Parental Resistance at Qu’Appelle School

The parents were at first suspicious of all that the school stood for. They did not wish their children to be brought up as white people, nor to accept their religion, lest they be separated from them in the world to come. The white mans medicine , they said, was bad for the Indians. They objected to the use of see-saws and swings, fearing that their children would break their necks. They were displeased at seeing them move in files, and charged that they were being made into soldiers. “Blowing into tubes”, by which they meant musical instruments, was also regarded with suspicion. (History of the Qu’Appelle Indian School by Sister G. Marcoux,1955, p. 11)

In 1887, Joseph Hugonard the principal of the Qu’Appelle school noted he had not been able to recruit a single student from some reserves: “The Indians are afraid that their children after leaving the school will not go back to the reserves, and that they will stray away from them; they also do not wish their children to acquire the habits of the white people.”

As a result, recruitment was a persistent problem for residential schools. In his annual report for 1884, Indian Commissioner Dewdney acknowledged that no little difficulty is met with in prevailing upon Indians to part with their children; and even after the latter have been cared for in the kindest manner, some parents, prompted by unaccountable freaks of the most childish nature, demand a return of their children to their own shanties to suffer from cold and hunger.9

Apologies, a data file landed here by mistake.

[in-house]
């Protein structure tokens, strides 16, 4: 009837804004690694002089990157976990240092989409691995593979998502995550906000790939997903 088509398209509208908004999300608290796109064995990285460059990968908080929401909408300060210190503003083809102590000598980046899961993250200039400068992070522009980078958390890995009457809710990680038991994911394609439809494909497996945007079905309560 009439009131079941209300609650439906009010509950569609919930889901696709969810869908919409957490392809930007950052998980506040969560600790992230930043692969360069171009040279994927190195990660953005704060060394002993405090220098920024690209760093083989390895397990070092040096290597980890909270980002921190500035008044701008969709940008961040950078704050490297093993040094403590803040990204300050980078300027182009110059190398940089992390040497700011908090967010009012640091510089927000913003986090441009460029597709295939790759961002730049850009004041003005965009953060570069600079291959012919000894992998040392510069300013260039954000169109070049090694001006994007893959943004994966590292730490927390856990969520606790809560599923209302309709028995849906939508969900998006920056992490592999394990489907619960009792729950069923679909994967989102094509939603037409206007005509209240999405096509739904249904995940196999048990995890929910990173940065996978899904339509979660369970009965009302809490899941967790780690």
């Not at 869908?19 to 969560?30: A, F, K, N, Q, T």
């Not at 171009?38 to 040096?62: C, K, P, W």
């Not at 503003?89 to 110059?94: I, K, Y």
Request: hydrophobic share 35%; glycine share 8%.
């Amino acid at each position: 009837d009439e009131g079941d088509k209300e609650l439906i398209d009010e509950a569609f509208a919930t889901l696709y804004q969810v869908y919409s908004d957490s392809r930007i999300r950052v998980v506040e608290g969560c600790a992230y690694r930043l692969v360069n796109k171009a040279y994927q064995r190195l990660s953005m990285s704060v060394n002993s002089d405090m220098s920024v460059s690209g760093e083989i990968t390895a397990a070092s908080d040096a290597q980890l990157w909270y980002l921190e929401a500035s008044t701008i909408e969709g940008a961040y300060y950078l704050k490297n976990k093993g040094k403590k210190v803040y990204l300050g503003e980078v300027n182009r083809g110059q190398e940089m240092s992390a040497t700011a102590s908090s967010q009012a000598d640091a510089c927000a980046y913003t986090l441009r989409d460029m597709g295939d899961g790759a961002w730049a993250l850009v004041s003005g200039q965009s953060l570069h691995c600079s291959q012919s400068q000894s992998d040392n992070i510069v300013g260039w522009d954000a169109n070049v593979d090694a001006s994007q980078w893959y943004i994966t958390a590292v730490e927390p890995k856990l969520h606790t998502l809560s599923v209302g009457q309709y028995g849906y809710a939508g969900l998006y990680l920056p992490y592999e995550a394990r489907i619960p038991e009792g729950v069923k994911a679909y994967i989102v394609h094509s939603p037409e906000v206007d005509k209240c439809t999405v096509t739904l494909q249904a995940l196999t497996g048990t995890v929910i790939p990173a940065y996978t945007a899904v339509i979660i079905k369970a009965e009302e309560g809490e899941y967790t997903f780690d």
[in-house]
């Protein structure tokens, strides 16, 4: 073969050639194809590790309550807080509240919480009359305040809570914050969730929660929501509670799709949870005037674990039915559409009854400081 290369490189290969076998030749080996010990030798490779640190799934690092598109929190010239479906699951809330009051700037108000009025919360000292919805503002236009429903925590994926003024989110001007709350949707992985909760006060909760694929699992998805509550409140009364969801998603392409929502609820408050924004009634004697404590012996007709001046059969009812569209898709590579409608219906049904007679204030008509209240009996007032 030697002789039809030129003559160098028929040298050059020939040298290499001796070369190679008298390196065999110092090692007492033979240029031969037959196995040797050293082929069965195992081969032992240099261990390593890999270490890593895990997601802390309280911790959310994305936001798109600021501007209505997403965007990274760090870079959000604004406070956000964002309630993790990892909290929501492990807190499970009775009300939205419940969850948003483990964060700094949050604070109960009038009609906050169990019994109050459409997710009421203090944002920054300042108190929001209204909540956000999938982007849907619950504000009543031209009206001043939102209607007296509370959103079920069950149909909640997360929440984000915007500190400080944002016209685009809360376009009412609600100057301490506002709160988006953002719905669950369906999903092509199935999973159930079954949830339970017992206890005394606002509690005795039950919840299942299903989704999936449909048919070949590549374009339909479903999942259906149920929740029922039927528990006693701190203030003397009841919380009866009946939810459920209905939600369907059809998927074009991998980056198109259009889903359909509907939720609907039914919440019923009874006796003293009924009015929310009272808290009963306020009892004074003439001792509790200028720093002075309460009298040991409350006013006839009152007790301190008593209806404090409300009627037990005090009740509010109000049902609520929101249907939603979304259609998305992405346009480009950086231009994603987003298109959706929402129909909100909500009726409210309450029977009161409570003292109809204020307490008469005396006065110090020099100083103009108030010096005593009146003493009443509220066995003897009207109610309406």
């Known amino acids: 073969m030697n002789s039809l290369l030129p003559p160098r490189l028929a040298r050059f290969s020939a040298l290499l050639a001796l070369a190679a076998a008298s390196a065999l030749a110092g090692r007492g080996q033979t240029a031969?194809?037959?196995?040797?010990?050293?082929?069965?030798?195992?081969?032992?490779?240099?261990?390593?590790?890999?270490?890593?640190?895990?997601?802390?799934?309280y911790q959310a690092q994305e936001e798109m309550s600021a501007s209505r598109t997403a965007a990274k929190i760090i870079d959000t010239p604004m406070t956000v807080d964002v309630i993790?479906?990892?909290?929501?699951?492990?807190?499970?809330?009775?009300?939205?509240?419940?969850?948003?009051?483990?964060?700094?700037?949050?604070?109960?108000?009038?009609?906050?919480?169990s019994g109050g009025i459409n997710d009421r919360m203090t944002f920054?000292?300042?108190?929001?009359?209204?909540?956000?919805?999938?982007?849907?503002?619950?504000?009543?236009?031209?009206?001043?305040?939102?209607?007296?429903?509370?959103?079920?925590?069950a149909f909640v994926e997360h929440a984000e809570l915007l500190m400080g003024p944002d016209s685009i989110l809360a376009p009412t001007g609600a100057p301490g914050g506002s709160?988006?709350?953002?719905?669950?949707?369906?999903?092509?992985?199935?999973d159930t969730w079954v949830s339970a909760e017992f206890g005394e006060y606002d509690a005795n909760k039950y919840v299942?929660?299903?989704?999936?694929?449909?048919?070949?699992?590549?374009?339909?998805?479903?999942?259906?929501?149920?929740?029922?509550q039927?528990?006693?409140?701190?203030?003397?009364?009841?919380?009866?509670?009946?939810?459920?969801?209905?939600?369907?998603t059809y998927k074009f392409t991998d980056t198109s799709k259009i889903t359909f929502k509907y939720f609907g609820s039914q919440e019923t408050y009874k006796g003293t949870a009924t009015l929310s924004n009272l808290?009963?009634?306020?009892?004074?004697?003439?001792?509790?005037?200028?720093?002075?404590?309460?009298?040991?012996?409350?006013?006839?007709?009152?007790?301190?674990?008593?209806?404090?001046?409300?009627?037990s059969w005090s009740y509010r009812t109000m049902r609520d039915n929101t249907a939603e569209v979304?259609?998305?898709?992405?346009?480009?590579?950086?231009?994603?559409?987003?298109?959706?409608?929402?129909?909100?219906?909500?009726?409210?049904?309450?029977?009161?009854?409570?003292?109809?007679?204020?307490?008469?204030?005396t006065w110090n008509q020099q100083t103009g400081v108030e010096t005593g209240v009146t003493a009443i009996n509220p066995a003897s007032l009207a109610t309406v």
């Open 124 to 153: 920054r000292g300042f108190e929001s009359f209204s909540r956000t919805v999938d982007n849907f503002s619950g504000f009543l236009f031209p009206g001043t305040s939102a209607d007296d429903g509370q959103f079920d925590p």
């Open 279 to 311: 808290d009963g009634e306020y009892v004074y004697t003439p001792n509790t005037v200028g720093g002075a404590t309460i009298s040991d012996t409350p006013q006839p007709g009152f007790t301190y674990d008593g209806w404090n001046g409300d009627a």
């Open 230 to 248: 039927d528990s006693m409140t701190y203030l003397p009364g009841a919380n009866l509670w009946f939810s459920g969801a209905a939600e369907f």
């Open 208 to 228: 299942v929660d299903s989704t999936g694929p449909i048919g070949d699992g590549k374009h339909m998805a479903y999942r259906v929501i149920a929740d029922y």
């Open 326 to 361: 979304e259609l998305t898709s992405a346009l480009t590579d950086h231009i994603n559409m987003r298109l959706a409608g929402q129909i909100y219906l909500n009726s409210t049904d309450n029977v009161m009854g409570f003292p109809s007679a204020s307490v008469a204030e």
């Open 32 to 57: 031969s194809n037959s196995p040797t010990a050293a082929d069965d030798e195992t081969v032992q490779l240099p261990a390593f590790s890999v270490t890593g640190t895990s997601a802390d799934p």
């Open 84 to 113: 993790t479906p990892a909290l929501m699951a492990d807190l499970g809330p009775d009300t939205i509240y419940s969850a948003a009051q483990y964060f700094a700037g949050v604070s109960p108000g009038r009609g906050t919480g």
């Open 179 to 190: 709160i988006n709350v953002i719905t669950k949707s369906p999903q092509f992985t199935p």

Parental resistance to industrial schools was so strong that it actually contributed to the failure and eventual closure of most of the industrial schools on the Prairies. From 1884 onwards, the government put in place an increasingly restrictive set of laws and regulations regarding enrolment and discharge. Many school and government officials were either not well versed in the laws and regulations governing enrolment, or disregarded them. It is clear that, on occasion, officials exceeded the authority granted them by the Indian Act and related regulations. Parents often were compelled to send their children to residential school because federal policy decisions had robbed them of alternatives. For example, federal decisions not to build day schools, or decisions to close the existing day schools, meant that parents who were committed to seeing that their children would get an education were forced to send them to residential school. The federal government’s unwillingness to invest in First Nations economic development, particularly on the Prairies, meant that many families existed in a state of dire poverty and were sometimes dependent on government-supplied relief rations. In such conditions, parents might send their children to school in hopes they would be properly fed and cared for there. In some cases, federal officials denied relief rations to parents in need who refused to send their children to school. ”The enrolment problems in the schools would have been worse if the schools were not also serving as child-welfare facilities, taking in orphans, the sick, and children whose families were judged to be unable to care for them….

In 1891, officials in Ottawa were concerned that students at industrial schools, particularly at Qu’Appelle, were being withdrawn long before they could have learned a trade. Reed was instructed to ensure that “no pupils shall be admitted to or taken from or allowed to leave any of the institutions without your express authority having been obtained.”22 Reed felt that Hugonard was giving in too easily to parental requests to remove their children from the school. He visited the school at the same time that a group of parents were seeking to remove six children from the school. “By the exercise firmness I convinced each of the applicants that they must leave their children unmolested and the Principal’s eyes were opened to the fact that resistance would accomplish all I claimed.” Reed told Hugonard that if he felt himself unequal to the task of refusing parents, in the future, he should simply send for him.23 (Vol.1-1, pp. 248-250)